Now that you have established your brand’s story or narrative, the next important step is to communicate it. You can use a number of ways to do so. Your logo, tagline, stationary, web site and business cards (you do have some of those right?) are all ways to communicate your message to the public. You can further reinforce your brand communications using additional collateral like pens, invoice design etc.
But before jump into the actual design it’s crucial to document your brand with a creative brief. The main purpose for the creative brief is to communicate your expectations and needs to your graphic designer. It also defines the problem and set the restrictions that must be met for the project to be successful.
If you are the designer never start a project without a proper creative brief. Whether you are designing a brand identity or a website. Trust me, it will save tremendous time to both you and your client. And reduce the number of unnecessary revisions.
You might have often heard that restrictions can hinder creativity. Everyone asks you to think out of the box. But without a problem to solve you can rarely be creative. A well designed problem can make a huge difference between unique and novel solutions or expected and mediocre ones. In addition a proper established problem helps you to focus onto solving the actual problem and not something else, communicate the proper message and don’t cause an identity crisis.
A creative brief may include an overview of the business, it’s marketing history and the main goal or scope of the project. Answering and writing down at least these questions always help:
- What is this project about and what you expect to achieve?
- Who is your intended audience? What are their demographics and geographic location?
- Who you consider your main competitors and why?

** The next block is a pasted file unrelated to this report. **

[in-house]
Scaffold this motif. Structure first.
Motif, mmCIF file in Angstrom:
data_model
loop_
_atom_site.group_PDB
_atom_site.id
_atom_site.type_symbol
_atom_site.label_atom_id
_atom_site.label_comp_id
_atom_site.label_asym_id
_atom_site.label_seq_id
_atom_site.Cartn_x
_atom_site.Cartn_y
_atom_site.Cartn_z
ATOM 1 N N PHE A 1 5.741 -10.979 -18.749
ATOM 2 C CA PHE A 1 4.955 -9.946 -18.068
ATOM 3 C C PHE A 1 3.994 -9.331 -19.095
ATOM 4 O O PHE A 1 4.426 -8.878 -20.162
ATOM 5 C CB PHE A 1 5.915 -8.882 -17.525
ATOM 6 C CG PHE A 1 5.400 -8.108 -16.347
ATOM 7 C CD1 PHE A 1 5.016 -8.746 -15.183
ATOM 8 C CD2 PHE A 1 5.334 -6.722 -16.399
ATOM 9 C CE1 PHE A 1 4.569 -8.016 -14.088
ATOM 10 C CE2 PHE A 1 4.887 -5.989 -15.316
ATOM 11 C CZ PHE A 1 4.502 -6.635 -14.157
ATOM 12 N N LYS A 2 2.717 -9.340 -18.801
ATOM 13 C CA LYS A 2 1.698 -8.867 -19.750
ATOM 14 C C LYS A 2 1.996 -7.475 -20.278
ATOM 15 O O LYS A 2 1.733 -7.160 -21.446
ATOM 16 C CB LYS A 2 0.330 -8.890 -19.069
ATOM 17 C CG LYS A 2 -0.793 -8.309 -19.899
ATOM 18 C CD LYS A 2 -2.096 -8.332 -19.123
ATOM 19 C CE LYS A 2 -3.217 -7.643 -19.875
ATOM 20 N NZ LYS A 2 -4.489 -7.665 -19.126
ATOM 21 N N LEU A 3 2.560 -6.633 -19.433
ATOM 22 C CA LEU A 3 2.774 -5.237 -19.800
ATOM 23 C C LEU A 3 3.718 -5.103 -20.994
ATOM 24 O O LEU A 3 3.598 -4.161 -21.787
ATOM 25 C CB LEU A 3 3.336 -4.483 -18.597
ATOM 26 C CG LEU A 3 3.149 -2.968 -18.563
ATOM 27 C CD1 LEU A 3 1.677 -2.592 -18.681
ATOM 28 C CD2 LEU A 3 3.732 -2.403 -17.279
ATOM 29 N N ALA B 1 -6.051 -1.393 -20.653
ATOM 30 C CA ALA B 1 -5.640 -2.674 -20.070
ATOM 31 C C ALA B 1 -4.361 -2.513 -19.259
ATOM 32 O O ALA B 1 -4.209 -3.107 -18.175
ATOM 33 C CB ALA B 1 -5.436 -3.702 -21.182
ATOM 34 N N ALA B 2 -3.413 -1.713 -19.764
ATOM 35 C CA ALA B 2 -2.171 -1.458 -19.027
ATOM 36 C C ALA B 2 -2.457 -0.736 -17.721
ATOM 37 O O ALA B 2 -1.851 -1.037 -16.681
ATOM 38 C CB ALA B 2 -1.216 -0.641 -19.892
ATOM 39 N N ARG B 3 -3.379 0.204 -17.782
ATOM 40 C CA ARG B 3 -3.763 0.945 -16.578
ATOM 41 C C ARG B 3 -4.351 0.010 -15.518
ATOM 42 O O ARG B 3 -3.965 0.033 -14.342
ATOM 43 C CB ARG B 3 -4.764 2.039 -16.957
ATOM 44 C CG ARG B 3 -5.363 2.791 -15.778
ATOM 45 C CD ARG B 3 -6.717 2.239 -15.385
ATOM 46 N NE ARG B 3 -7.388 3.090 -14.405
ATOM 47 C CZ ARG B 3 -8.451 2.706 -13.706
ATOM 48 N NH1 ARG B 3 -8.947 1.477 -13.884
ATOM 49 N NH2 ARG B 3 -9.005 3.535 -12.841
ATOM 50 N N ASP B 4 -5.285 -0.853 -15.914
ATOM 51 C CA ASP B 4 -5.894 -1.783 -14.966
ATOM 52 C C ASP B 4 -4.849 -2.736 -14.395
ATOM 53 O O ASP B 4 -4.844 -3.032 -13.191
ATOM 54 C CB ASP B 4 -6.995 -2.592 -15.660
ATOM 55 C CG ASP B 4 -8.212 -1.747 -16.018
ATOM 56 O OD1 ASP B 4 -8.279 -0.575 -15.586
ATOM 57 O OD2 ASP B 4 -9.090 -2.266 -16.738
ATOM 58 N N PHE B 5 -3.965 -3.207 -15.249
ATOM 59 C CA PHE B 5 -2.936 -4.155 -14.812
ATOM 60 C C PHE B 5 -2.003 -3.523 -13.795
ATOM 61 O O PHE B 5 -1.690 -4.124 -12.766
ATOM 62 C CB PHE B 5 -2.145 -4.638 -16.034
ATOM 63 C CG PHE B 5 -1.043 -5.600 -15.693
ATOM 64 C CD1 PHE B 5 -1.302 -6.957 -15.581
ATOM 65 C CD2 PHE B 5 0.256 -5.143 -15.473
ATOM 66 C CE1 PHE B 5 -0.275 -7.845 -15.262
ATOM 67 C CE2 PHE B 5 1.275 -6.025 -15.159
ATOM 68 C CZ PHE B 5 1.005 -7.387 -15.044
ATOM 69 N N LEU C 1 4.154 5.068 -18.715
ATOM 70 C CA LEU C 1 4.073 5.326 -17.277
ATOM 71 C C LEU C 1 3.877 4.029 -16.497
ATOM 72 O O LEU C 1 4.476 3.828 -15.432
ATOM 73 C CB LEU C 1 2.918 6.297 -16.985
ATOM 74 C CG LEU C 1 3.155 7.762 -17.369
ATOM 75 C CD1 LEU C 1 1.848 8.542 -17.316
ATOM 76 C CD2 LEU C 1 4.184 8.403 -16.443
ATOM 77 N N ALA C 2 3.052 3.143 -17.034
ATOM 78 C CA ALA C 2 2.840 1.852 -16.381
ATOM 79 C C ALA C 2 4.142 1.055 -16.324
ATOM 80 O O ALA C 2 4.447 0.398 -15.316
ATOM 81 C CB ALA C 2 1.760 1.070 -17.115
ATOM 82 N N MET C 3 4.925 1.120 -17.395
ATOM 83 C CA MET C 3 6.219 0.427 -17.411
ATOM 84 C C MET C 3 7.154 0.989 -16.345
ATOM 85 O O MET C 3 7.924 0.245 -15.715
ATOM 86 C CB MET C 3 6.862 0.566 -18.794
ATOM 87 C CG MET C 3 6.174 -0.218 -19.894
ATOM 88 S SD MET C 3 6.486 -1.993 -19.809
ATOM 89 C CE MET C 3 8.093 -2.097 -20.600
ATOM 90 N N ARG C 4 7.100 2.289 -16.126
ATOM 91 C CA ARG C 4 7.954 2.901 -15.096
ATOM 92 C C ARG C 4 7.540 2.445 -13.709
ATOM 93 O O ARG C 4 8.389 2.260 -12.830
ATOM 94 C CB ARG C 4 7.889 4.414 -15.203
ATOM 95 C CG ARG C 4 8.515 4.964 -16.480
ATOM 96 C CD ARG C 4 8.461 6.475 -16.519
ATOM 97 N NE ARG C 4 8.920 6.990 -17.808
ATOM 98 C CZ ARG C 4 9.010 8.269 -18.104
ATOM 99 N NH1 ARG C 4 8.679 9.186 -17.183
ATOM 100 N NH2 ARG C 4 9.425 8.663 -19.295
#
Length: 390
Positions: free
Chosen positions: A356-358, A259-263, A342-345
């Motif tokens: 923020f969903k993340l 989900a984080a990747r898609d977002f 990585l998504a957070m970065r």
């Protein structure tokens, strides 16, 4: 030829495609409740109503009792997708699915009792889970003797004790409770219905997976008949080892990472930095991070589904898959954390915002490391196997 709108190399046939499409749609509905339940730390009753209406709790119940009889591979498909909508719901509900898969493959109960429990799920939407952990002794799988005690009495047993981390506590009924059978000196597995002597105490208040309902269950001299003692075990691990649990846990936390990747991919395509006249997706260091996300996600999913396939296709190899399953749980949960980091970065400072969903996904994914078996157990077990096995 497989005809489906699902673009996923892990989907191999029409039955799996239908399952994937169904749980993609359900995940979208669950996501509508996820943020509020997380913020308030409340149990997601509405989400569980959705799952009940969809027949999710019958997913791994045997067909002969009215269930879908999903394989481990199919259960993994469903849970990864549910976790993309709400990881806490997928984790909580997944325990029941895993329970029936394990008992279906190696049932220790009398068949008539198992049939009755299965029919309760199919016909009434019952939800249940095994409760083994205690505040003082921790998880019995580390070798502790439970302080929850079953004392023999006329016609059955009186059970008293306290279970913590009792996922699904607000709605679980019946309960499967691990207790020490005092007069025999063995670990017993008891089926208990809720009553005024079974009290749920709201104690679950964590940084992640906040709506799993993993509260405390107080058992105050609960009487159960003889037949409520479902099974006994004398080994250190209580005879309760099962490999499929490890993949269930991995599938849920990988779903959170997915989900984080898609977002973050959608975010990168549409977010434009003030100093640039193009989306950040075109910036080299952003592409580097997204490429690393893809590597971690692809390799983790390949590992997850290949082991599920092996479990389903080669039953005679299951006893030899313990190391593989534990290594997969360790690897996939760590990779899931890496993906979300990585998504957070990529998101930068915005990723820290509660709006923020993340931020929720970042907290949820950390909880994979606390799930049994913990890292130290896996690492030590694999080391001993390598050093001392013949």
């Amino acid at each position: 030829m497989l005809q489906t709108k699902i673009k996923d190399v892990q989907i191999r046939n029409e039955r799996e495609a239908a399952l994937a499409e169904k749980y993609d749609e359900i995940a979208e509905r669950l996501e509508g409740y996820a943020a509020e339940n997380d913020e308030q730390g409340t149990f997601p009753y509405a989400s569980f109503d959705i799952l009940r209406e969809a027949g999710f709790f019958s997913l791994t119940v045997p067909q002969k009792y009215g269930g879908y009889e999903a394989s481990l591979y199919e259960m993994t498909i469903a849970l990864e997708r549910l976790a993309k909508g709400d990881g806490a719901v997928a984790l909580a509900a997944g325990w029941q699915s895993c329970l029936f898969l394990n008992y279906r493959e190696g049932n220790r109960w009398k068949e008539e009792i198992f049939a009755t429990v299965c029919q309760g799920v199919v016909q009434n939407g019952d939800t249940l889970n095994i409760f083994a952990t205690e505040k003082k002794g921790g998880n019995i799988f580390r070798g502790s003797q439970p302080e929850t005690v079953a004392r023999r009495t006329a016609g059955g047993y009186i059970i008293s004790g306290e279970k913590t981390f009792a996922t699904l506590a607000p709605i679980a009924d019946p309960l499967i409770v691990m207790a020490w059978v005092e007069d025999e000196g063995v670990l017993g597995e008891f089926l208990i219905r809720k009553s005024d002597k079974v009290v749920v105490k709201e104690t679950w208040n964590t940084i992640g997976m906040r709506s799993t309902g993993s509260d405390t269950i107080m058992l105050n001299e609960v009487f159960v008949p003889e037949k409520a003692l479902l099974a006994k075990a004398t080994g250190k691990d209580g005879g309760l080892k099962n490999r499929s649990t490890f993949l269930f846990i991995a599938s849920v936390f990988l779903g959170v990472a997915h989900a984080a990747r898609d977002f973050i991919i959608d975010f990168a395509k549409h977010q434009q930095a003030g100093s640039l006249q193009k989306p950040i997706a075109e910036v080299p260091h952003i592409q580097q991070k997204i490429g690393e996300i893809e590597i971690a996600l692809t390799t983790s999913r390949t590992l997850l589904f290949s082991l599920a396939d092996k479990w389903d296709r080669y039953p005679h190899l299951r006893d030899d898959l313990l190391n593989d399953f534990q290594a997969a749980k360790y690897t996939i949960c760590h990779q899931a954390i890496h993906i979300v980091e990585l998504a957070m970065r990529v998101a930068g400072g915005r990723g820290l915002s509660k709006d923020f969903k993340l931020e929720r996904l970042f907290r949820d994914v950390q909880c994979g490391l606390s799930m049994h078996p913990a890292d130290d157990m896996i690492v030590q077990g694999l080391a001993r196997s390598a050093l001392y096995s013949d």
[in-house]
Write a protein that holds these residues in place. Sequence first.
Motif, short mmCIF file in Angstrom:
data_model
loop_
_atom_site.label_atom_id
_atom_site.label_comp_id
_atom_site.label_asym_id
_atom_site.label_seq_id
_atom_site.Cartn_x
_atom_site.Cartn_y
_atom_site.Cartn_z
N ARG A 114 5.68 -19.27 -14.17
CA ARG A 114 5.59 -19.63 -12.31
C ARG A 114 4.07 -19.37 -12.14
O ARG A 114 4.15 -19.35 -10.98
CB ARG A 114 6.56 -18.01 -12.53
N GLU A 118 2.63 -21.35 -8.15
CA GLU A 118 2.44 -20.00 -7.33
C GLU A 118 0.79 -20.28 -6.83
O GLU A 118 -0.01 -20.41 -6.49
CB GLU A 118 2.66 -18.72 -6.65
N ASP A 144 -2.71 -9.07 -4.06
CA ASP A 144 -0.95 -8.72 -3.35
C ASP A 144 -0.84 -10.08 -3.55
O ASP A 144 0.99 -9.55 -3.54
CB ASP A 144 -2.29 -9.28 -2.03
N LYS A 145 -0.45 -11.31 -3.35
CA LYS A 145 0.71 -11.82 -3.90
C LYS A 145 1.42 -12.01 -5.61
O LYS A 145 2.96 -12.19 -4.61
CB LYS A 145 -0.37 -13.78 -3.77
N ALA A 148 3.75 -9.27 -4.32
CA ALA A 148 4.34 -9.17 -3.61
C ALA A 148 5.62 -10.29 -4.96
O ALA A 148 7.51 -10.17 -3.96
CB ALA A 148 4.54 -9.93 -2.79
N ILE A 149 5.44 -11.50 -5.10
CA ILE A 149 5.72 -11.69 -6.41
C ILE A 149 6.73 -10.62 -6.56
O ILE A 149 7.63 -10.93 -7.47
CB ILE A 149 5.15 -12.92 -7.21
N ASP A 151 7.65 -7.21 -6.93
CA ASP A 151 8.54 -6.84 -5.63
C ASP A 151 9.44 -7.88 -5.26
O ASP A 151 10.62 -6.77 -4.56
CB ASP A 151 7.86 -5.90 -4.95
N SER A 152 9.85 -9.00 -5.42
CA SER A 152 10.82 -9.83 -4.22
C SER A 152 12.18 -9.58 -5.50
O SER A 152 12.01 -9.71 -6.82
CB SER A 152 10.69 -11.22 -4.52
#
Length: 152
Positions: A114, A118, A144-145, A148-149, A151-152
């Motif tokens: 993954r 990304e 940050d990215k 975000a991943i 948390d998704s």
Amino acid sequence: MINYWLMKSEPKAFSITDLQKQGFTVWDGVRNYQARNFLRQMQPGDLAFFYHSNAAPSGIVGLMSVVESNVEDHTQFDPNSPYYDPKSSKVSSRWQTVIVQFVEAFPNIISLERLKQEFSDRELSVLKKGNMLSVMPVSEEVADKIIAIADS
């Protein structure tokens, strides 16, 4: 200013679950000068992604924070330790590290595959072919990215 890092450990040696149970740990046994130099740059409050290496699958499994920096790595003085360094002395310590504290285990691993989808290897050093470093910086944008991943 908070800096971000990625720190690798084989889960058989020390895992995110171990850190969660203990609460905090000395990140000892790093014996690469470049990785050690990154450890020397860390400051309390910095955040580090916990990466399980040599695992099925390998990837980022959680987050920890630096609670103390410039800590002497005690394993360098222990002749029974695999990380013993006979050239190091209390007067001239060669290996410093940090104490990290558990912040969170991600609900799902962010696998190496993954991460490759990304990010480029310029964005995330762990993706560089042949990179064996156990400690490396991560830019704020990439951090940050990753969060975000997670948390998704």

- How this project fit into your overall marketing campaign?
You also need to clarify the budget requirements. Don’t be afraid to share with your designer this information. They don’t ask because they try to rip you off. After all the relationship you are trying to build is one of partnership and mutual trust. In a more practical level knowing a project’s overall budget helps to establish further restrictions. It empower your designer to get more creative and determine which solutions are more efficient within your budget. Like for example the number of colors that they will use or what finish techniques they will employ like foil stamping, embossing, die-cutting etc. What you might want to achieve might be impossible within your budget after all, and you need to know that beforehand to adjust your strategy accordingly.
At the presentation or feedback stages of the design process the creative brief is used as reference to determine whether a solution is effective and if it successfully captures and communicates the desired message. Let’s face it. Everyone has colors or typefaces they love for one reason or another but unless you are your intended audience approach the design solutions with a more objective and open mind. Think and feel as your intended audience would feel and leave your personal preferences outside the presentation room. The creative brief will prove invaluable to help you achieve that.
Featured Image: Licensed Stock Photo from Deposit Photos